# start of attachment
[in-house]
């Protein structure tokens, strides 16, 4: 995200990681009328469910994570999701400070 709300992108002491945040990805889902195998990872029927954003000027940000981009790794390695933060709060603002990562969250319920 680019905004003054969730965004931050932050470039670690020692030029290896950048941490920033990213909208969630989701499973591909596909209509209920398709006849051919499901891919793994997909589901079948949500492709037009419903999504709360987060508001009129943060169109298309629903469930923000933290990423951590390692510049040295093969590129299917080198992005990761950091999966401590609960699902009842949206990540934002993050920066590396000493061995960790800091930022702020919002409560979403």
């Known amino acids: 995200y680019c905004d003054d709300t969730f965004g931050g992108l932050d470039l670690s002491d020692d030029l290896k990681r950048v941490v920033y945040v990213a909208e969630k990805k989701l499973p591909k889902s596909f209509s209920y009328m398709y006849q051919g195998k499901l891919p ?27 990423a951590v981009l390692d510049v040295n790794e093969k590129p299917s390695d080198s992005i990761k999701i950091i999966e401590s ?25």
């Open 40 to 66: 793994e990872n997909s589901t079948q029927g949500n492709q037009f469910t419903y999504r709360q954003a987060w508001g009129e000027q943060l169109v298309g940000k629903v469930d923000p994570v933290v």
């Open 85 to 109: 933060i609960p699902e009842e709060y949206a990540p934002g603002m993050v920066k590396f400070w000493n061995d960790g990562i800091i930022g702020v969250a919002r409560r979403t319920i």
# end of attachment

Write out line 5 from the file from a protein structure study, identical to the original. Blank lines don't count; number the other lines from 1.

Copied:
């Open 85 to 109: 933060i609960p699902e009842e709060y949206a990540p934002g603002m993050v920066k590396f400070w000493n061995d960790g990562i800091i930022g702020v969250a919002r409560r979403t319920i």